Loot the people: the Goa model for "ease of business"?
Goa's ambitious Mopa airport has run into rough weather.
It was already facing strong opposition from citizens and environmental activists, and now the state's finance department has poked holes in the project.
What's the project?
In 2010, the Digambar Kamat regime decided to build Goa's second airport, spread over 232 acres, in Mopa, a small town on the border with Maharashtra.
The proposal drew opposition from environmental activists, residents of Mopa as well as the wider public. But the Kamat government did not pay heed to the protests.
Neither did the subsequent BJP government of Manohar Parrikar.
Last week, the state cabinet cleared the Terms of Agreement for the project and sent it to the finance department.
After the finance department's approval, the Directorate of Civil Aviation, or DCA, would invite tenders for the project.
What's gone wrong?
The plan went awry, however. When it went to her for approval, Sushama Kamat, Under Secretary, Finance, raised several objections to the Terms of Agreement.
The winning bidder would get all 232 acres for "unrestricted commercial development" without prior permission of the Town and Country Planning department. "But unrestricted land use without any control is not a very desirable option as the land might be used for activities that would not be beneficial to the state and people," she wrote in the file noting.
Handing over such a vast tract of land to private entities would create third party rights that would deprive the state of adequate compensation.
Most shockingly, the agreement states that the winning bidder would retain the entire 232 acres of land if the project is scrapped for some reason.
'Mopa airport will be a death blow to Goa's tourism industry as it will push tourists to Maharashtra'
If the project is delayed, Goa would pay the contractor Rs 3.6 lakh a day. The "delay" has not been clearly defined. Besides, the contractor would continue to hold the land for "unrestricted commercial development".
The contractor is allowed "unrestricted commercial development" at 2.5 FSI, or Floor Space Index. This means, for example, that 250 sq ft real estate can be constructed on every 100 sq ft of land.
What is the state's stand?
Responding to the finance department's queries, the DCA clarified, "The decision on 2.5 FSI was taken by the steering committee chaired by the chief minister. The objective of the clause is to attract maximum bidders and subsequent investment in the state."
The clause allowing the contractor to keep the entire land if the project is terminated, the DAC said, is meant to protect the state from being "burdened" by the huge termination payment it would have to make to the contractor.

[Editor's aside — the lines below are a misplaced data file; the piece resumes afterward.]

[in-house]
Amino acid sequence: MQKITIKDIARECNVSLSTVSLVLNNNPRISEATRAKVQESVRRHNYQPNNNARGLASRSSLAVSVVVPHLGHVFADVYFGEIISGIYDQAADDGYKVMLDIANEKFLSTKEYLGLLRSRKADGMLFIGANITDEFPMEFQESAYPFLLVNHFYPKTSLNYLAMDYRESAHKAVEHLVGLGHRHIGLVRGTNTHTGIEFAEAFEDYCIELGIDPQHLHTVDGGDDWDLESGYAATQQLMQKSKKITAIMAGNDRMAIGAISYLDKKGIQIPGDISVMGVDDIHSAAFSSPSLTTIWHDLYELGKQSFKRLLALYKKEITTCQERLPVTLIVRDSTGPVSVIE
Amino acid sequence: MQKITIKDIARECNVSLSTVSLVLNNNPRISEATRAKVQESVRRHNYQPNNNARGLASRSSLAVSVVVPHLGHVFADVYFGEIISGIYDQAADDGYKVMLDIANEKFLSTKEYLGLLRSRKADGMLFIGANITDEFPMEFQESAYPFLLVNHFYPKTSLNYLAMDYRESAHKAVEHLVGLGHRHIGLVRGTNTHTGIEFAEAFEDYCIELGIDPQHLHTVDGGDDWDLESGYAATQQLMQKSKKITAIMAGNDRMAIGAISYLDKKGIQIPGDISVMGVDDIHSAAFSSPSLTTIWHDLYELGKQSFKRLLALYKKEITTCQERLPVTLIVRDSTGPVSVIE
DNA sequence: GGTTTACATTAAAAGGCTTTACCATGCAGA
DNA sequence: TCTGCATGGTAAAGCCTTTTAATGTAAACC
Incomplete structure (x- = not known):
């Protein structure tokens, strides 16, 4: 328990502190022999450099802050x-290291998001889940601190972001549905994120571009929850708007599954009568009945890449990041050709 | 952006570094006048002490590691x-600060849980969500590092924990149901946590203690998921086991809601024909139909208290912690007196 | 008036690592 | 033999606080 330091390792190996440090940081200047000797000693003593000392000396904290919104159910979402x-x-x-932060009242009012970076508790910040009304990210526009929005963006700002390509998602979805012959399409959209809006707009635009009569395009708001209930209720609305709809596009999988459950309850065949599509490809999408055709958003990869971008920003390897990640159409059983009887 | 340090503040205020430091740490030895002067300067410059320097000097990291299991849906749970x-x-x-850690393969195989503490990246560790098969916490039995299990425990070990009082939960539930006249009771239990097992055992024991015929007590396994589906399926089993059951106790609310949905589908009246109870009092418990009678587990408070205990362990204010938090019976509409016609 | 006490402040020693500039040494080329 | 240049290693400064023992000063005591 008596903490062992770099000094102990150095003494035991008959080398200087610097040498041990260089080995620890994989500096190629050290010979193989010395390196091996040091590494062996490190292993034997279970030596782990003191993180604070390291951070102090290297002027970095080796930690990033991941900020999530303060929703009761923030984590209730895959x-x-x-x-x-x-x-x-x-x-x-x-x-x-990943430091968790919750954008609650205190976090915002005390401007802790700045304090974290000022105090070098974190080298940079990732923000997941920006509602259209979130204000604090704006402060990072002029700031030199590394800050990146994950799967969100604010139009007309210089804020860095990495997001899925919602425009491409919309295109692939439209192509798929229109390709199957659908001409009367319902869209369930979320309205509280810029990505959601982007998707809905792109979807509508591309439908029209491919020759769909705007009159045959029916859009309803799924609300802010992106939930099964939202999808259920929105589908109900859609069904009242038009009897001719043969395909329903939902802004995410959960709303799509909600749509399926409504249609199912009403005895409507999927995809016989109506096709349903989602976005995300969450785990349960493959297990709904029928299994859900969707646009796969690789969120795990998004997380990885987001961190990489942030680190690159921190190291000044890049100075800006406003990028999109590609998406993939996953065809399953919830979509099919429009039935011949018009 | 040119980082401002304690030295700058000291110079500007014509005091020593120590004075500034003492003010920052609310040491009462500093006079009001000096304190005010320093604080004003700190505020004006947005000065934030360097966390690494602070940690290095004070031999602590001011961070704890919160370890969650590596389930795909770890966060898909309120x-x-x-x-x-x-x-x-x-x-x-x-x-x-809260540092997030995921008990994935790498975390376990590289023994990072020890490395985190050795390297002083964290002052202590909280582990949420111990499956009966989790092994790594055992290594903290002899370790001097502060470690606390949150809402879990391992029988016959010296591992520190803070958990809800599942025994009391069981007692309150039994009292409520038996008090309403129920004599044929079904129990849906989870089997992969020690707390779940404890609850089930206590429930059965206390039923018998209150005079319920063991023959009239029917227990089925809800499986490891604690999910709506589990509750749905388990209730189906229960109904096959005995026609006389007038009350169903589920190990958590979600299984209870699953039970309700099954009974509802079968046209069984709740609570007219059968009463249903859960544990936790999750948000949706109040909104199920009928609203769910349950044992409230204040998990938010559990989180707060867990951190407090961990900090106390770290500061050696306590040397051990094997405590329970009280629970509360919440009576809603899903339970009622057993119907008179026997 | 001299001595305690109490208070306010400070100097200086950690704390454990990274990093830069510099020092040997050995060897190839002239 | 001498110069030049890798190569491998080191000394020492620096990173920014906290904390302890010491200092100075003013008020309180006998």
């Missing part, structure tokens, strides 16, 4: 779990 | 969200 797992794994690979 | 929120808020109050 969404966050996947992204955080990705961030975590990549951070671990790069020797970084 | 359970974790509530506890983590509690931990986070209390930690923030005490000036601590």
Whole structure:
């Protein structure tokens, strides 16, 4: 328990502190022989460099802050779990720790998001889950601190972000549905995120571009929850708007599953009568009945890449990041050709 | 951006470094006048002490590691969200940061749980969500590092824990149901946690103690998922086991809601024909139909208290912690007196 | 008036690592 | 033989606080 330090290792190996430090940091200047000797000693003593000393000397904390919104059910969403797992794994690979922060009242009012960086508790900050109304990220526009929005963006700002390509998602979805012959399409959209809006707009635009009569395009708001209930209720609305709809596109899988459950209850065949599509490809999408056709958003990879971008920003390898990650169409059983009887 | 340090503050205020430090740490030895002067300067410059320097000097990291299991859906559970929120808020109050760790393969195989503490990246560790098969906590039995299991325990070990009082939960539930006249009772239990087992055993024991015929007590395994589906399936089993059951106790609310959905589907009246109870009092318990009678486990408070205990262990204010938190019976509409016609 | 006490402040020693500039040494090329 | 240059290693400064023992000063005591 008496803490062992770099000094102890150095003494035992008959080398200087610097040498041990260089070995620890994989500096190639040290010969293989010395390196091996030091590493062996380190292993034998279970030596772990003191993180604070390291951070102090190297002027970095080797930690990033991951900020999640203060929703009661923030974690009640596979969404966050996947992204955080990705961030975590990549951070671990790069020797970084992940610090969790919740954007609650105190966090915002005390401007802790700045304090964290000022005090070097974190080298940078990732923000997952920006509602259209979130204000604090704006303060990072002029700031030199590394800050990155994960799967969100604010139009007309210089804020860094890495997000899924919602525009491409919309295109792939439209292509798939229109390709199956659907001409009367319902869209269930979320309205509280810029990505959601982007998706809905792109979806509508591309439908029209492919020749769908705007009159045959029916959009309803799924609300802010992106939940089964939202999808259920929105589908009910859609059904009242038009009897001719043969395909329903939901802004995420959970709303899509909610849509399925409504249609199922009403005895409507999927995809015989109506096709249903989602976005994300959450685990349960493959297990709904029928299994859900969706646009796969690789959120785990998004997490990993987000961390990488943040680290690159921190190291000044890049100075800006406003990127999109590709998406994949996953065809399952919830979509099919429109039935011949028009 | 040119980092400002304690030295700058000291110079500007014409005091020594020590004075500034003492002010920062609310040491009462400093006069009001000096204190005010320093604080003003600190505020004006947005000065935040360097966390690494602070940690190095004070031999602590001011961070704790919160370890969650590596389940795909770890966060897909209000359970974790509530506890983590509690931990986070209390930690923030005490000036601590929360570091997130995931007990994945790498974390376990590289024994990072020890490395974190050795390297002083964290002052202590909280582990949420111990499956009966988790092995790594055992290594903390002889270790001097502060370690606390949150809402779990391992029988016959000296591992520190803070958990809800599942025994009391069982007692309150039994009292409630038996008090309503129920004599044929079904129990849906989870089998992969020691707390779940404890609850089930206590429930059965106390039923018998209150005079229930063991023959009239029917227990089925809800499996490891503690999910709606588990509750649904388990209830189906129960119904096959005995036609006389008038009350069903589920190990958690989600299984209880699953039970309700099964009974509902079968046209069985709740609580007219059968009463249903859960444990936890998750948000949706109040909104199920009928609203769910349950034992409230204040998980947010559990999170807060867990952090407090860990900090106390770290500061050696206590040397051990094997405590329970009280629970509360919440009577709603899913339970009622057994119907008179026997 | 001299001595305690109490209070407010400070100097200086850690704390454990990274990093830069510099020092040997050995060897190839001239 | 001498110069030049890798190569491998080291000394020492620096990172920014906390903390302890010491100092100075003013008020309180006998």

The DCA director Suresh Shanbhaug could not be reached for comment despite repeated attempts, nor could Sushama Kamat.
Why are activists & locals protesting?
Activists and local villagers have began protesting against the proposal airport ever since it was announced.
"Goa does not need a second airport. The Dabolim airport is one of the best in the country. It has a 3.6 km runway. Any aircraft in the world can land and take off," says Siddhath Karapurkar of the NGO Preserve Goa.
"The government says it wants to construct the second airport because there is congestion at Dabolim. But that problem can be solved by asking the Navy to part with some of its land there."
Father Eremito Rebelo, Convenor of Goans For Dabolim Only, which has been fighting against the Mopa airport says, "This decision will adversely affect the tourism industry in Goa as the proposed airport in on the border with Maharashtra. Dabolim airport, on the other hand, is centrally located."
"The tourist attractions of Candolim, Calangute, Anjuna, Vagator, Morjim, Mandrem, Arambol are all located in north Goa and have been well served by Dabolim airport for decades," Fr Rebelo adds. "But all this will change if Mopa airport becomes a reality as, being an international airport, it will serve the virgin beaches of Sindhudurg in Maharashtra."
"That would be a death blow to the Goan tourism industry, resulting in a massive loss of jobs and livelihood as well as downscaling of the Goan economy."
'Goa doesn't need another airport. Dabolim airport is one of India's best and can handle any plane'
Fr Rebelo also slammed Union Environment Minister Prakash Javadekar for allegedly interfering in the project.
"It is in blatant violation of the right to function granted to democratic institutions. He announced on 22 October that the airport would get environmental clearance even before the meeting of the Environment Appraisal Committee took place," he said.
"Such high-handed behaviour flies in the face of democratic processes and makes it abundantly clear that the minister has lost sight of the fact that his job is to protect the environment."
The activists point out that the proposed airport also threatens the region's rich bio-diversity and flourishing agriculture. Mopa is fed by 300 perennial streams and is said to be home to several endangered species of flora and fauna.